Propylene Glycol is an ingredient found in numerous cosmetic formulations and personal care products such as foundations, shampoo and conditioners, lip balms, facial cleansers, soap, sunscreen, hand sanitizer, mouthwash, fragrances, hairspray, shaving cream, baby wipes, serums, and even nail glue—to name a few.
Because Propylene Glycol is a prominent ingredient in cosmetic and hygienic products that we use daily, it is important to be informed on what it is, what it does, and how it benefits or affects our bodies.
What is Propylene Glycol?
Propylene Glycol is an organic molecule that belongs to the same chemical group as alcohol. It is a colorless, odorless liquid that is completely water-soluble, and specifically functions as a hydration preservative, or humectant, in cosmetic products.
Being such a versatile component, here are some of the roles or functions Propylene Glycol plays in cosmetic and personal care products:
- Acts like a humectant – binds water to promote hydration and moisturize the skin. 
- Enhances the delivery and penetration of other active ingredients to make them more effective as they are absorbed by the skin. 
- Due to its moisturizing properties, it prevents water loss and promotes a smooth, soften skin, while lessening the appearance of marks and acne spots. 
Propylene Glycol Vs. Ethylene Glycol
There are two main types of glycols: Ethylene Glycol and Propylene Glycol. Although they are commonly mistaken for each other, they are remarkably different.
Ethylene Glycol is a synthetic liquid that absorbs water that is odorless and has a sweet taste. It is an industrial compound found in consumer products such as antifreeze, hydraulic brake fluids, paints, plastics, ballpoint pens, and many other products. 
Unlike Propylene Glycol, Ethylene Glycol is highly toxic for humans. According to the Agency for Toxic Substances and Disease Registry (ATSDR), a federal public health agency of the U.S. Department of Health and Human Services, Ethylene Glycol is a toxic agent that can have severe neurological, respiratory, cardiovascular, metabolic, and renal effects on the body. In addition, if Ethylene Glycol ingestion is not detected promptly, it can lead to fatal toxicity.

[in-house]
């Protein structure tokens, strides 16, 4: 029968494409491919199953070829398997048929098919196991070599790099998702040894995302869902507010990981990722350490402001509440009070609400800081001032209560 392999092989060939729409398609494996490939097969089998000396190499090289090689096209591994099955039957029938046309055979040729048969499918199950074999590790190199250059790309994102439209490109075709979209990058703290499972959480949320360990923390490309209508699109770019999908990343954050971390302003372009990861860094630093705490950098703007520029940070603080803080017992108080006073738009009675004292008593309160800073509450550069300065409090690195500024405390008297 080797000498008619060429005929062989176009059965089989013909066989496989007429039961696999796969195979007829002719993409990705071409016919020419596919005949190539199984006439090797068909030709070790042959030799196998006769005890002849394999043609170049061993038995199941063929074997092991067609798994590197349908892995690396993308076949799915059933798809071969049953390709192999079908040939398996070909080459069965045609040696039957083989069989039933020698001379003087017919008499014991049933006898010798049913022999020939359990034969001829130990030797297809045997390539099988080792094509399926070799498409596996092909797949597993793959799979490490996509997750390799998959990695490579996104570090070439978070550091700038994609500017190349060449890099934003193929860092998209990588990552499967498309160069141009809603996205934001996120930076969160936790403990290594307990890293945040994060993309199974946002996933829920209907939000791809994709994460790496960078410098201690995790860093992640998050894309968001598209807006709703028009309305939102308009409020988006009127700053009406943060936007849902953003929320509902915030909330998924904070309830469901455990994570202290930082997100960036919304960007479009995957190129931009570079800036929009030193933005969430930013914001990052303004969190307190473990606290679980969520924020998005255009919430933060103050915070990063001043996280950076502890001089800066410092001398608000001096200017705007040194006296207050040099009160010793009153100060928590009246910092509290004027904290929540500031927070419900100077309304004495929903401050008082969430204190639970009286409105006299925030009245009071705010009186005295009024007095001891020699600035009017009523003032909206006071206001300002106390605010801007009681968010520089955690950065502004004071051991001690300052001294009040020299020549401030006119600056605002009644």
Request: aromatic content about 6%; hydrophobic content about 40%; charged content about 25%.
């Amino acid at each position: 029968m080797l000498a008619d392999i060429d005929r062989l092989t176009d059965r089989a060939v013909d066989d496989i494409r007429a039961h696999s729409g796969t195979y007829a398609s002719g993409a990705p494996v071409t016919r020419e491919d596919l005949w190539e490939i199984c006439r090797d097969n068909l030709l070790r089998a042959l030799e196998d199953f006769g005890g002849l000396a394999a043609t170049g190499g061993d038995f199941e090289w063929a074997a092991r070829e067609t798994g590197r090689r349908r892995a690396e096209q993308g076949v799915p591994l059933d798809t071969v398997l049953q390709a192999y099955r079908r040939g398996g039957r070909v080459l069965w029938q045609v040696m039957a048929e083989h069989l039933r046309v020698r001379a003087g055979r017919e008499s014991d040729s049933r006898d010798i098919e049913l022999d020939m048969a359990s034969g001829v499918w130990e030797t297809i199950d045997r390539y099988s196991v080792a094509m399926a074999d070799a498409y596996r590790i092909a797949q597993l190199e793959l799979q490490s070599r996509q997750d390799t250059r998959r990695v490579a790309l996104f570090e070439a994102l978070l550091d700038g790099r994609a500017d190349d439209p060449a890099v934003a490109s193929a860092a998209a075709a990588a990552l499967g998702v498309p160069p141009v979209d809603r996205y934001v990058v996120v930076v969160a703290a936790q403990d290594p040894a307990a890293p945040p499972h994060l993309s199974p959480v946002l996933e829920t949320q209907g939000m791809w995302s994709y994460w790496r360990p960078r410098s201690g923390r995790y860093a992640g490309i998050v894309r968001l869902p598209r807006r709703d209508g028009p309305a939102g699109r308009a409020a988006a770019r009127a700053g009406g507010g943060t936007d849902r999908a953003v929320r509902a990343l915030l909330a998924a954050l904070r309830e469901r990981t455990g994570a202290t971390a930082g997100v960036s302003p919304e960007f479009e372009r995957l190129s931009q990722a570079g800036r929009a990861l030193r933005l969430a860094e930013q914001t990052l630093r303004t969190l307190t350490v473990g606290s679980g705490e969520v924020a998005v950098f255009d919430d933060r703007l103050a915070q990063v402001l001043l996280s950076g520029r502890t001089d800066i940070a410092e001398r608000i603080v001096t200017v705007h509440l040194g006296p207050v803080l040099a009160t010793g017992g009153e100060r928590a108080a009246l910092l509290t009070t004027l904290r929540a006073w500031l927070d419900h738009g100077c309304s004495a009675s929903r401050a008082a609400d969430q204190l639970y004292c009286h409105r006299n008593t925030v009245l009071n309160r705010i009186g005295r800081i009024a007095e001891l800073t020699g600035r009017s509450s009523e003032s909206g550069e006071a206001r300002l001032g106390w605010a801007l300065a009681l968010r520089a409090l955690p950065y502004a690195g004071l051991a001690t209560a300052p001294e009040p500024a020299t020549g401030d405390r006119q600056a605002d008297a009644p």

Propylene glycol, however, is “generally recognized as safe” by the Food and Drug Administration (FDA) and the Center for Disease Control and Prevention (CDC) to use in food and tobacco products, pharmaceuticals, and cosmetics. [lbid]
The safety assessment of Propylene Glycol done in 1994, published in the Journal of American Toxicology, and the reassessment performed in 2012, published in the International Journal of Toxicology, both concluded that Propylene Glycol in cosmetic products is safe for use at a 50% concentration . Nowadays, cosmetic products use Propylene Glycol in concentrations of 10% or less. Brite uses a concentration of less than 4%.
Why is Propylene Glycol in Brite?
Propylene Glycol was implemented as one of Brite’s ingredients with the purpose of helping ingredients combine, such as water and some of the oils, without compromising the benefit and quality of the product.
Green Apple Stem Cell, for instance, is one of the main products in Brite, yet it is particularly difficult to mix with other ingredients. Propylene Glycol allows for the combination of such an important ingredient without affecting the benefits of the ingredient to the overall formulation.
At Solex, we are committed to providing our customers with premium products made from high-quality ingredients. We are dedicated to improving the lives and wellbeing of everyone that uses our products.
Our commitment to this belief starts by only utilizing ingredients that have been determined to be safe in the cosmetology industry, the FDA, CDC, and other qualified sources, to ensure that our products meet the highest safety and quality standards.
-  Ethylene Glycol and Propylene Glycol Toxicity: What is Propylene Glycol? | Environmental Medicine | ATSDR. Atsdr.cdc.gov. (2022). Retrieved 21 March 2022, from https://www.atsdr.cdc.gov/csem/ethylene-propylene-glycol/propylene_glycol.html.
-  Ethylene Glycol: Systemic Agent. Centers for Disease Control and Prevention. (2022). Retrieved 21 March 2022, from https://www.cdc.gov/niosh/ershdb/emergencyresponsecard_29750031.html.
-  Ethylene Glycol and Propylene Glycol Toxicity: What is Ethylene Glycol? | Environmental Medicine | ATSDR. Atsdr.cdc.gov. (2022). Retrieved 21 March 2022, from https://www.atsdr.cdc.gov/csem/ethylene-propylene-glycol/ethylene_glycol.html.
-  Fiume, M., Bergfeld, W., Belsito, D., Hill, R., Klaassen, C., & Liebler, D. et al. (2012). Safety Assessment of Propylene Glycol, Tripropylene Glycol, and PPGs as Used in Cosmetics. International Journal Of Toxicology, 31(5_suppl), 245S-260S. https://doi.org/10.1177/1091581812461381.
- National Center for Biotechnology Information. PubChem Compound Summary for CID 1030, Propylene Glycol. Updated Oct 10, 2020.
- Agency for Toxic Substances and Disease Registry. Ethylene Glycol and Propylene Glycol Toxicity. Updated December 10, 2013.
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